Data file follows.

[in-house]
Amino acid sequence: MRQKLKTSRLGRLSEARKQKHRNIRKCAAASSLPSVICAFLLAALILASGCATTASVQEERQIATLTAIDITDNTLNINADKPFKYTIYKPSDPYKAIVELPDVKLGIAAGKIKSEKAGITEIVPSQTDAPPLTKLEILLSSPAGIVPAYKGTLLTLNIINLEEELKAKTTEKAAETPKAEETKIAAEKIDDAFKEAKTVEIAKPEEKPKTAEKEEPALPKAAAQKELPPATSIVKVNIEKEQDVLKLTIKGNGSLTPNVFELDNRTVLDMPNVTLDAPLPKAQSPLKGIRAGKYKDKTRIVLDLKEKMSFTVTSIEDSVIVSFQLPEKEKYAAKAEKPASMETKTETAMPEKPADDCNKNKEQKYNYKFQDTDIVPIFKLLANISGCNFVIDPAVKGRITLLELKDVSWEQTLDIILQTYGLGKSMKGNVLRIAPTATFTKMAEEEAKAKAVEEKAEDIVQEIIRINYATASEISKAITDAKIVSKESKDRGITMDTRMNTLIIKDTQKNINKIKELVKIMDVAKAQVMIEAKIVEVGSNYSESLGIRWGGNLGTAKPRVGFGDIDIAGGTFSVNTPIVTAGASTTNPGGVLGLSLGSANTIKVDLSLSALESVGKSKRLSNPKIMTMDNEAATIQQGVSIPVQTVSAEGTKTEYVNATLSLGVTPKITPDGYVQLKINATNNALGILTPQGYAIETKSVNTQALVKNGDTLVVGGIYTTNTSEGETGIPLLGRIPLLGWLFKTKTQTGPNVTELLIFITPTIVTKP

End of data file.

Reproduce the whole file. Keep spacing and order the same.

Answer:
[in-house]
Amino acid sequence: MRQKLKTSRLGRLSEARKQKHRNIRKCAAASSLPSVICAFLLAALILASGCATTASVQEERQIATLTAIDITDNTLNINADKPFKYTIYKPSDPYKAIVELPDVKLGIAAGKIKSEKAGITEIVPSQTDAPPLTKLEILLSSPAGIVPAYKGTLLTLNIINLEEELKAKTTEKAAETPKAEETKIAAEKIDDAFKEAKTVEIAKPEEKPKTAEKEEPALPKAAAQKELPPATSIVKVNIEKEQDVLKLTIKGNGSLTPNVFELDNRTVLDMPNVTLDAPLPKAQSPLKGIRAGKYKDKTRIVLDLKEKMSFTVTSIEDSVIVSFQLPEKEKYAAKAEKPASMETKTETAMPEKPADDCNKNKEQKYNYKFQDTDIVPIFKLLANISGCNFVIDPAVKGRITLLELKDVSWEQTLDIILQTYGLGKSMKGNVLRIAPTATFTKMAEEEAKAKAVEEKAEDIVQEIIRINYATASEISKAITDAKIVSKESKDRGITMDTRMNTLIIKDTQKNINKIKELVKIMDVAKAQVMIEAKIVEVGSNYSESLGIRWGGNLGTAKPRVGFGDIDIAGGTFSVNTPIVTAGASTTNPGGVLGLSLGSANTIKVDLSLSALESVGKSKRLSNPKIMTMDNEAATIQQGVSIPVQTVSAEGTKTEYVNATLSLGVTPKITPDGYVQLKINATNNALGILTPQGYAIETKSVNTQALVKNGDTLVVGGIYTTNTSEGETGIPLLGRIPLLGWLFKTKTQTGPNVTELLIFITPTIVTKP